My paper ‘Liberating the Pregnant Body: disempowerment and disembodiment in maternity care’ on my new research project on a care ethical view of maternity was enthusiastically responded to by the audience of the Global Carework Summit in Toronto last week. One response came from a mother present together with her baby. She responded as a carework researcher and a mother. She had never realized, and was now stunned at, how little she had thought about the pregnant body with regard to carework, even during her own recent pregnancy. Like myself she was amazed at how it is largely lacking in philosophy, sociology, and political (care) ethics.
Reading and studying Barbara Duden’s book is both a thrilling and shocking experience. She writes on the disembodiment of pregnancy, i.e. how pregnancy became a concept that can be thought of – even by pregnant women themselves – without including a woman’s body. Even after 25 years it has lost nothing of its relevance, considered in the light of many recent developments.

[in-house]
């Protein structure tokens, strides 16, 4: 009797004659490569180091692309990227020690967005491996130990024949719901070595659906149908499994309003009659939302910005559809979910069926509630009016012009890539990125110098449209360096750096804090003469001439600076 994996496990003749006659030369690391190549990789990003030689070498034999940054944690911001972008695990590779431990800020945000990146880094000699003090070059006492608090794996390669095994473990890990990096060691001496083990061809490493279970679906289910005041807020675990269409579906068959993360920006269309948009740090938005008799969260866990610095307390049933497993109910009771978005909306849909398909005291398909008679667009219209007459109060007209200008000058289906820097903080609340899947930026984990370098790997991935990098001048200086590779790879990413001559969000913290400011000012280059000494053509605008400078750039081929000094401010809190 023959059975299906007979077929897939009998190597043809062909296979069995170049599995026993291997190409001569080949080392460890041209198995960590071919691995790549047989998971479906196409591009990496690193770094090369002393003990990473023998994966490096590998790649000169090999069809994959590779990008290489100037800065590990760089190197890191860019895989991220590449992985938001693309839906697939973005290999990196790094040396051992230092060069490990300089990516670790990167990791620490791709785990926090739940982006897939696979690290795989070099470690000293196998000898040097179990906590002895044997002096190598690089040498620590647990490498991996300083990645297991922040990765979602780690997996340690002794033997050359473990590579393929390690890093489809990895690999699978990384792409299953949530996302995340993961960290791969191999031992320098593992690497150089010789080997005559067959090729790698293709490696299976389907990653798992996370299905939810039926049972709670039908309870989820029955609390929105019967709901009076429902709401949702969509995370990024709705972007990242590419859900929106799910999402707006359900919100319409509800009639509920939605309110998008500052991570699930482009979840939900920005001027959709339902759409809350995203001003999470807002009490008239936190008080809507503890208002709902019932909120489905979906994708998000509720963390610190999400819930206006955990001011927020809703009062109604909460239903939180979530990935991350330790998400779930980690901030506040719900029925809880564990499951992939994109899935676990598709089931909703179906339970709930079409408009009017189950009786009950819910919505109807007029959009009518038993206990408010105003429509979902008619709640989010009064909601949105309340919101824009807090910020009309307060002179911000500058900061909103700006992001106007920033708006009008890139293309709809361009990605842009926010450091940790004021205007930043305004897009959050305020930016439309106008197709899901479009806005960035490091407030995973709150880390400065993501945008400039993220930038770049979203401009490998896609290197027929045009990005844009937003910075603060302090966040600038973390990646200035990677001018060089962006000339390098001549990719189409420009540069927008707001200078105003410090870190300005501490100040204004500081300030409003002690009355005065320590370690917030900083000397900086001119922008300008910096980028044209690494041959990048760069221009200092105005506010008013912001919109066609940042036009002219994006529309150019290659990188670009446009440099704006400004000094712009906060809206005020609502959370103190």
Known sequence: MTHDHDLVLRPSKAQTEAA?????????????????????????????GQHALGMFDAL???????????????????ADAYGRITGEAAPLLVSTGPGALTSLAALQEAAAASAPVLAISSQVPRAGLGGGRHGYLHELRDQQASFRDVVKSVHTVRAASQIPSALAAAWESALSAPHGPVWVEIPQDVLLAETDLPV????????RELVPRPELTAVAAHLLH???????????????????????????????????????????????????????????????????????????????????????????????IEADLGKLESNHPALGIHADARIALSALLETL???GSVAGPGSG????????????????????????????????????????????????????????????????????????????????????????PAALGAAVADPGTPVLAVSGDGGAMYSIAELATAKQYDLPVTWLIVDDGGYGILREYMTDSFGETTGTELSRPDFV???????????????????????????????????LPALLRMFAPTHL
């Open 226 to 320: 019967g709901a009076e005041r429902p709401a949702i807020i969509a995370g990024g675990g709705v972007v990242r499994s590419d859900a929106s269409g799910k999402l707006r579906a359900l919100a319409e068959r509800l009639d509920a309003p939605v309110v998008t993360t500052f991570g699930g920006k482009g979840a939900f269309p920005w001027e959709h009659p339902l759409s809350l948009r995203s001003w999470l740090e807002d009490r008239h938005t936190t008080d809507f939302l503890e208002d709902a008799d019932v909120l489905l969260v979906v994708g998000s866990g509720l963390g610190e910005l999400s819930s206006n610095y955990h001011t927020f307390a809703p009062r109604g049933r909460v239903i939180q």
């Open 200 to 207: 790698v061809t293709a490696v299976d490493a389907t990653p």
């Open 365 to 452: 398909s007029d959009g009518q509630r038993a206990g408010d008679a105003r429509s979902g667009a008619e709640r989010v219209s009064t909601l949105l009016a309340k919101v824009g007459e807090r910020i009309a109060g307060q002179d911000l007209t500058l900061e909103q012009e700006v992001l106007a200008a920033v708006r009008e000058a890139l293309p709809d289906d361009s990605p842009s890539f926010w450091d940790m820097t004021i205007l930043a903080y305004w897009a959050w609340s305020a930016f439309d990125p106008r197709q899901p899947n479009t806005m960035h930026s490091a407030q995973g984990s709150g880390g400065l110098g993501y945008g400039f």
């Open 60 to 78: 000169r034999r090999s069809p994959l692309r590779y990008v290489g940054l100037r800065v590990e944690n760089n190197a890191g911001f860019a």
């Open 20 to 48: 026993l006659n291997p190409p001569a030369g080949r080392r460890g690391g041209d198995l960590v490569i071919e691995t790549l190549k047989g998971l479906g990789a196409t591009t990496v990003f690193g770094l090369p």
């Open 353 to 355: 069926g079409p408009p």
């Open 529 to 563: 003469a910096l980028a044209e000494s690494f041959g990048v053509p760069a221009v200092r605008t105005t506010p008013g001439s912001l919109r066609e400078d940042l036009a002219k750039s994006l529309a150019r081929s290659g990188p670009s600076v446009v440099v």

In this extended essay I want to call attention to the profound consequences, for women and for society, that accompany this public [Pro Life, IvN] dispute. Politicians and jurists, theologians and physicians are engaged in a major effort of social creation whose object is “life.” As a result of this effort, a new idea has become universally accepted: just as the Blue Planet – “seen” from space – is the environment of all life, so woman is the environment of new life. Almost overnight, these beliefs have become growth industries for new professional establishments, from ecological systems engineers to bioethicists, to manage. Concurrently, the term life (and a life) has become an idol, and controversy has attached a halo to this idol that precludes its dispassionate use in ordinary discourse. This book deals with the history of this idol – the history of life not as an object but as a notion. I want to examine the conditions under which a new discourse has transformed pregnancy into a process to be managed, the expected child into a fetus, the mother into an ecosystem, the unborn into a life, and life into a supreme value. (Duden, 1993, p.2)